All of this implies that depression is a common but complicated condi­tion, difficult to define, hard to describe with accuracy and not easy to treat.

The Bible and Depression

Depression, per Se, is a clinical term which is not discussed in the Bible. The psalmists, however, cried out in words which implied depression and there are several biblical descriptions which suggest depression.

Consider, for example, Psalms 69, 88, or 102, but notice that these songs of despair are set in a context of hope. In Psalm 43 King David pro­claims both depression and rejoicing when he writes:

Why are you in despair, O my soul?

And why are you disturbed within me?

Hope in God, for I shall again praise Him,

The help of my countenance, and my God.

Elsewhere in the Bible it appears that Job, Moses, Jonah, Peter and the whole nation of Israel experienced depression. Jeremiah the prophet wrote a whole book of lamentations. Elijah saw God`s mighty power at work on Mt. Carmel, but when Jezebel threatened murder, Elijah fled to the wilderness where he plunged into despondency. He wanted to die and might have done so except for the €œtreatment that came from an angel sent by God.

Then there was Jesus in Gethsemane, where he was greatly distressed, an observation which is poignantly described in the words of the Ampli­fied Bible: €œHe began to show grief and distress of mind and was deeply depressed. Then He said to them, My soul is very sad and deeply grieved, so that I am almost dying of sorrow….

Such examples, accompanied by numerous references to the pain of grieving, show the realism that characterizes the Bible. But this realistic despair is contrasted with a certain hope. Each of the believers who plunged into depression eventually came through and experienced a new and lasting joy. The biblical emphasis is less on human despair than on belief in God and the assurance of abundant life in heaven, if not on earth. Paul`s confident prayer for the Romans will someday be answered for all Christians:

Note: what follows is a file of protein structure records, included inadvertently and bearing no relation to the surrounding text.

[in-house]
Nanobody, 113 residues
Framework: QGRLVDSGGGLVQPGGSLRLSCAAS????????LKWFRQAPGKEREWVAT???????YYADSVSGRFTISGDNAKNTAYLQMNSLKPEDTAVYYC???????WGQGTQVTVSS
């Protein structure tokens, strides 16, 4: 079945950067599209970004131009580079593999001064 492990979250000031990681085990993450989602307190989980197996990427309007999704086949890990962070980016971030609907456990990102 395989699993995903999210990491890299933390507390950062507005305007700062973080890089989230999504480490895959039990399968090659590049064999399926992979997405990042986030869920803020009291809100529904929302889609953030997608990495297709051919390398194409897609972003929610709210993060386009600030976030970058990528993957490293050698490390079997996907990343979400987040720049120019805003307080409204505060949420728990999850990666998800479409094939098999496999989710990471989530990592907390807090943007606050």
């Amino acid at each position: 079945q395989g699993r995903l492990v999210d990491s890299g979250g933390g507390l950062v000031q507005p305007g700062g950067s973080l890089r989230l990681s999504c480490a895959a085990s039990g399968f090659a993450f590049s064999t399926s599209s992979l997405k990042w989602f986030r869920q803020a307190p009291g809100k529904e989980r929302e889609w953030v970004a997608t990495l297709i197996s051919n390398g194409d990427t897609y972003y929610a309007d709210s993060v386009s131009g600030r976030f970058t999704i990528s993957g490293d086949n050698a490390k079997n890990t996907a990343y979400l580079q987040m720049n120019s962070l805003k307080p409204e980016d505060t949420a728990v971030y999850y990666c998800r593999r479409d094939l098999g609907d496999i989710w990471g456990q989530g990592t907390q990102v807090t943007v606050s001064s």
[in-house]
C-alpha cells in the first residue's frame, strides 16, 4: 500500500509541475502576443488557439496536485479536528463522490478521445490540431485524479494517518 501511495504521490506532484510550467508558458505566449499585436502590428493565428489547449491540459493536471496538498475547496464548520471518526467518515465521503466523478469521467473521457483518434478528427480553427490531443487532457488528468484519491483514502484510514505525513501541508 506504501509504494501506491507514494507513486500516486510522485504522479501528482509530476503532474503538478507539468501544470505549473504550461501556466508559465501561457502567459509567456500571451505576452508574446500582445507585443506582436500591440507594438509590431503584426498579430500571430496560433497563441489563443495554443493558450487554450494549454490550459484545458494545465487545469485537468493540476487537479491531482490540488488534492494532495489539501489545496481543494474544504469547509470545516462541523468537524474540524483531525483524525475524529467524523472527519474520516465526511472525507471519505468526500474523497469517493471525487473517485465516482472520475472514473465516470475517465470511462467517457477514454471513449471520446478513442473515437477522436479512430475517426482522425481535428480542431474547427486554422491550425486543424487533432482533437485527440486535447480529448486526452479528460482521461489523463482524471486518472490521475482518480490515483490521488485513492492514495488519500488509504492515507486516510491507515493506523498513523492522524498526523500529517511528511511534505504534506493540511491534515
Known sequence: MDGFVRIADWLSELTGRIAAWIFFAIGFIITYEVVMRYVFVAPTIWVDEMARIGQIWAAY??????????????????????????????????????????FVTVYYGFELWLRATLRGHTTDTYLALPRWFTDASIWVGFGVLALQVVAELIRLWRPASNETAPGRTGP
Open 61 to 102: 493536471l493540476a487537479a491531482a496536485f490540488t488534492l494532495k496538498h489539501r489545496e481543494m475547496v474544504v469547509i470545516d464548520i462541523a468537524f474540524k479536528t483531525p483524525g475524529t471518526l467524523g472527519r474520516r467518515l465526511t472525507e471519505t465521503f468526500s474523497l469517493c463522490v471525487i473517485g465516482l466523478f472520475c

Now may the God of hope fill you with all joy and peace in believing, that you may abound in hope by the power of the Holy Spirit.

The Causes of Depression

According to one psychologist, €œthe prevalence of depression in Amer­ica today is staggering. . . . Depression is the common cold of psycho­pathology and has touched the lives of us all, yet it is probably the most dimly understood and most inadequately investigated of all the major forms of psychopathology. Nevertheless, investigators have identified a number of causes for this common condition€”causes which, when un­derstood, can facilitate counseling.

1. Physical-Genetic Causes. Depression often has a physical basis. Lack of sheep and improper diet are among the simplest physical causes. Others, like the effects of drugs, low blood sugar and other chemical mal­functioning, brain tumors, or glandular disorders, are more complicated. Then there is research which has stressed the importance of the hypothala­mus in producing depression.

No matter how good one`s philosophy, no matter how well adjusted one has been, and no matter how ideal the environment may be, when there is a loss of hypothalamic energy, the person is depressed, feels helpless, and has no energy. . . . Only a return of normal neurohormonal energy in the hypothalamus can effect a resolution of the depressive mood.

Although it is not conclusive, there is some evidence to show that se­vere depression runs in families. This has led to the conclusion that some people innately may be more prone to depression than others, although it must be emphasized that depression in itself is not inherited like blue eyes and black hair.